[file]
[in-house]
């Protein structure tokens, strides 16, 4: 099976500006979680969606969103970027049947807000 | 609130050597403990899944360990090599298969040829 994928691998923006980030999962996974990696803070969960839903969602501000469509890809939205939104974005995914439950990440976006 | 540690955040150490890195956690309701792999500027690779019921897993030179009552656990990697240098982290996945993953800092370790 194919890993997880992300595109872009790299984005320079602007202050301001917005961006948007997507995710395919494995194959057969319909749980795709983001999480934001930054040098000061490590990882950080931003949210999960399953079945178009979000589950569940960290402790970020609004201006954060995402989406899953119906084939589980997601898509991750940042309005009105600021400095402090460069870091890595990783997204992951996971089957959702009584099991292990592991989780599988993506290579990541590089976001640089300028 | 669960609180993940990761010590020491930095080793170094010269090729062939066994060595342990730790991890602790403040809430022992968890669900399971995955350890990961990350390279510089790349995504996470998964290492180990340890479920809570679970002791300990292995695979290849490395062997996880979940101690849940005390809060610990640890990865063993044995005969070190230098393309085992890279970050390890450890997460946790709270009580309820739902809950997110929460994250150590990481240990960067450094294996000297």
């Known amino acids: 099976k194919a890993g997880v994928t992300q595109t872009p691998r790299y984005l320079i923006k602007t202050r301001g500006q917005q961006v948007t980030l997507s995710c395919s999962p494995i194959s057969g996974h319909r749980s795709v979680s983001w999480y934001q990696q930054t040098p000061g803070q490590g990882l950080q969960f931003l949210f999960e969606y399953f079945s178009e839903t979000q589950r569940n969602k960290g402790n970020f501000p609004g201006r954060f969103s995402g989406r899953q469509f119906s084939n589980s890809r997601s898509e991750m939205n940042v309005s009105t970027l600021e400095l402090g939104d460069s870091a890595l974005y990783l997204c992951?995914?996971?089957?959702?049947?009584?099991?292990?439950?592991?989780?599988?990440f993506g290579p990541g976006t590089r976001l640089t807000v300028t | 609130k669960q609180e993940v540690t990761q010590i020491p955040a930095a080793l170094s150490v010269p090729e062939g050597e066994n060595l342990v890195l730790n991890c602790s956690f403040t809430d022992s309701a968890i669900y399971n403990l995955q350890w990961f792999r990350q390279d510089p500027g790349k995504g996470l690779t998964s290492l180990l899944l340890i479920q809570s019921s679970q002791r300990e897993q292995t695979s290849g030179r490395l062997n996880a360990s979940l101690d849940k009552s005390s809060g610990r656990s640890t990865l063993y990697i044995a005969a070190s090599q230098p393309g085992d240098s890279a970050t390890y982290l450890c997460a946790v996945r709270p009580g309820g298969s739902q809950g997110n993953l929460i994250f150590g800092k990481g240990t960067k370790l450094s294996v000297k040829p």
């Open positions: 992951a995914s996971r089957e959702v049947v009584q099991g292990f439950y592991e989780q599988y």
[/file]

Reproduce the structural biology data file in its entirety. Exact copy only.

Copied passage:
[in-house]
């Protein structure tokens, strides 16, 4: 099976500006979680969606969103970027049947807000 | 609130050597403990899944360990090599298969040829 994928691998923006980030999962996974990696803070969960839903969602501000469509890809939205939104974005995914439950990440976006 | 540690955040150490890195956690309701792999500027690779019921897993030179009552656990990697240098982290996945993953800092370790 194919890993997880992300595109872009790299984005320079602007202050301001917005961006948007997507995710395919494995194959057969319909749980795709983001999480934001930054040098000061490590990882950080931003949210999960399953079945178009979000589950569940960290402790970020609004201006954060995402989406899953119906084939589980997601898509991750940042309005009105600021400095402090460069870091890595990783997204992951996971089957959702009584099991292990592991989780599988993506290579990541590089976001640089300028 | 669960609180993940990761010590020491930095080793170094010269090729062939066994060595342990730790991890602790403040809430022992968890669900399971995955350890990961990350390279510089790349995504996470998964290492180990340890479920809570679970002791300990292995695979290849490395062997996880979940101690849940005390809060610990640890990865063993044995005969070190230098393309085992890279970050390890450890997460946790709270009580309820739902809950997110929460994250150590990481240990960067450094294996000297």
């Known amino acids: 099976k194919a890993g997880v994928t992300q595109t872009p691998r790299y984005l320079i923006k602007t202050r301001g500006q917005q961006v948007t980030l997507s995710c395919s999962p494995i194959s057969g996974h319909r749980s795709v979680s983001w999480y934001q990696q930054t040098p000061g803070q490590g990882l950080q969960f931003l949210f999960e969606y399953f079945s178009e839903t979000q589950r569940n969602k960290g402790n970020f501000p609004g201006r954060f969103s995402g989406r899953q469509f119906s084939n589980s890809r997601s898509e991750m939205n940042v309005s009105t970027l600021e400095l402090g939104d460069s870091a890595l974005y990783l997204c992951?995914?996971?089957?959702?049947?009584?099991?292990?439950?592991?989780?599988?990440f993506g290579p990541g976006t590089r976001l640089t807000v300028t | 609130k669960q609180e993940v540690t990761q010590i020491p955040a930095a080793l170094s150490v010269p090729e062939g050597e066994n060595l342990v890195l730790n991890c602790s956690f403040t809430d022992s309701a968890i669900y399971n403990l995955q350890w990961f792999r990350q390279d510089p500027g790349k995504g996470l690779t998964s290492l180990l899944l340890i479920q809570s019921s679970q002791r300990e897993q292995t695979s290849g030179r490395l062997n996880a360990s979940l101690d849940k009552s005390s809060g610990r656990s640890t990865l063993y990697i044995a005969a070190s090599q230098p393309g085992d240098s890279a970050t390890y982290l450890c997460a946790v996945r709270p009580g309820g298969s739902q809950g997110n993953l929460i994250f150590g800092k990481g240990t960067k370790l450094s294996v000297k040829p």
């Open positions: 992951a995914s996971r089957e959702v049947v009584q099991g292990f439950y592991e989780q599988y």